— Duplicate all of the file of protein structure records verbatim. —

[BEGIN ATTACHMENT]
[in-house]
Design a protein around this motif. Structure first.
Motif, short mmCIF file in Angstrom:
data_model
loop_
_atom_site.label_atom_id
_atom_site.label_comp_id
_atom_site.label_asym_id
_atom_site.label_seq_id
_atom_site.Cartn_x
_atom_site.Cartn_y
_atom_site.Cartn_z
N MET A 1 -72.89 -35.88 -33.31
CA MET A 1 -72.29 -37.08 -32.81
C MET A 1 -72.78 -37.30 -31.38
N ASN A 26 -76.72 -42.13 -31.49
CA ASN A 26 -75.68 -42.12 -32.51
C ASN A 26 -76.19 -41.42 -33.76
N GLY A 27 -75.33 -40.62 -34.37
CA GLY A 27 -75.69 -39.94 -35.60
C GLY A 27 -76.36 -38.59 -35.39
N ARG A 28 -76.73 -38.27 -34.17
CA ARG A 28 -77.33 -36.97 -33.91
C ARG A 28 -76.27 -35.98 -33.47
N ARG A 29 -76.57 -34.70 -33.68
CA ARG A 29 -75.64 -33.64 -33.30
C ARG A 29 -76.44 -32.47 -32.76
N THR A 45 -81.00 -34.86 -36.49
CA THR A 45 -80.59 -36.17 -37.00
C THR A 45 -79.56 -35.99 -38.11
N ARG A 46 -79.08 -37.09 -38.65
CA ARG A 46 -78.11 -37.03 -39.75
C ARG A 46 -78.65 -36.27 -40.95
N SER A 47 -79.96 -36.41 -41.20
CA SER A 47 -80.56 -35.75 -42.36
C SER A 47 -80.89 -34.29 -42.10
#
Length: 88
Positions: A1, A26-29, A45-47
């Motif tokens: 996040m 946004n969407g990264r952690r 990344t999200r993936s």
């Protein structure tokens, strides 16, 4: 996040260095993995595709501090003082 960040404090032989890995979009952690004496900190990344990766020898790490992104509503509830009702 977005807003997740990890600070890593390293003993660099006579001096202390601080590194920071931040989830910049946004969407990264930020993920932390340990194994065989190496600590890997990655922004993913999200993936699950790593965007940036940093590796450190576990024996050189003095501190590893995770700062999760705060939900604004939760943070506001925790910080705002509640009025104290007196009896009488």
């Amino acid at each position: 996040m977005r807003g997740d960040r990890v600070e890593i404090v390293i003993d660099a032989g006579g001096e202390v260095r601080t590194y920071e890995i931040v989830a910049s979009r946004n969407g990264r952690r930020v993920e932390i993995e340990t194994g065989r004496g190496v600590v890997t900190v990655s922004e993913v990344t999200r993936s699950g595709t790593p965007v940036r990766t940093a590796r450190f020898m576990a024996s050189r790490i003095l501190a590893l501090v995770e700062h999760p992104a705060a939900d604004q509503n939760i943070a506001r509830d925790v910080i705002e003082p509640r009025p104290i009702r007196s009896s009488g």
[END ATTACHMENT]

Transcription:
[in-house]
Design a protein around this motif. Structure first.
Motif, short mmCIF file in Angstrom:
data_model
loop_
_atom_site.label_atom_id
_atom_site.label_comp_id
_atom_site.label_asym_id
_atom_site.label_seq_id
_atom_site.Cartn_x
_atom_site.Cartn_y
_atom_site.Cartn_z
N MET A 1 -72.89 -35.88 -33.31
CA MET A 1 -72.29 -37.08 -32.81
C MET A 1 -72.78 -37.30 -31.38
N ASN A 26 -76.72 -42.13 -31.49
CA ASN A 26 -75.68 -42.12 -32.51
C ASN A 26 -76.19 -41.42 -33.76
N GLY A 27 -75.33 -40.62 -34.37
CA GLY A 27 -75.69 -39.94 -35.60
C GLY A 27 -76.36 -38.59 -35.39
N ARG A 28 -76.73 -38.27 -34.17
CA ARG A 28 -77.33 -36.97 -33.91
C ARG A 28 -76.27 -35.98 -33.47
N ARG A 29 -76.57 -34.70 -33.68
CA ARG A 29 -75.64 -33.64 -33.30
C ARG A 29 -76.44 -32.47 -32.76
N THR A 45 -81.00 -34.86 -36.49
CA THR A 45 -80.59 -36.17 -37.00
C THR A 45 -79.56 -35.99 -38.11
N ARG A 46 -79.08 -37.09 -38.65
CA ARG A 46 -78.11 -37.03 -39.75
C ARG A 46 -78.65 -36.27 -40.95
N SER A 47 -79.96 -36.41 -41.20
CA SER A 47 -80.56 -35.75 -42.36
C SER A 47 -80.89 -34.29 -42.10
#
Length: 88
Positions: A1, A26-29, A45-47
């Motif tokens: 996040m 946004n969407g990264r952690r 990344t999200r993936s």
């Protein structure tokens, strides 16, 4: 996040260095993995595709501090003082 960040404090032989890995979009952690004496900190990344990766020898790490992104509503509830009702 977005807003997740990890600070890593390293003993660099006579001096202390601080590194920071931040989830910049946004969407990264930020993920932390340990194994065989190496600590890997990655922004993913999200993936699950790593965007940036940093590796450190576990024996050189003095501190590893995770700062999760705060939900604004939760943070506001925790910080705002509640009025104290007196009896009488």
């Amino acid at each position: 996040m977005r807003g997740d960040r990890v600070e890593i404090v390293i003993d660099a032989g006579g001096e202390v260095r601080t590194y920071e890995i931040v989830a910049s979009r946004n969407g990264r952690r930020v993920e932390i993995e340990t194994g065989r004496g190496v600590v890997t900190v990655s922004e993913v990344t999200r993936s699950g595709t790593p965007v940036r990766t940093a590796r450190f020898m576990a024996s050189r790490i003095l501190a590893l501090v995770e700062h999760p992104a705060a939900d604004q509503n939760i943070a506001r509830d925790v910080i705002e003082p509640r009025p104290i009702r007196s009896s009488g």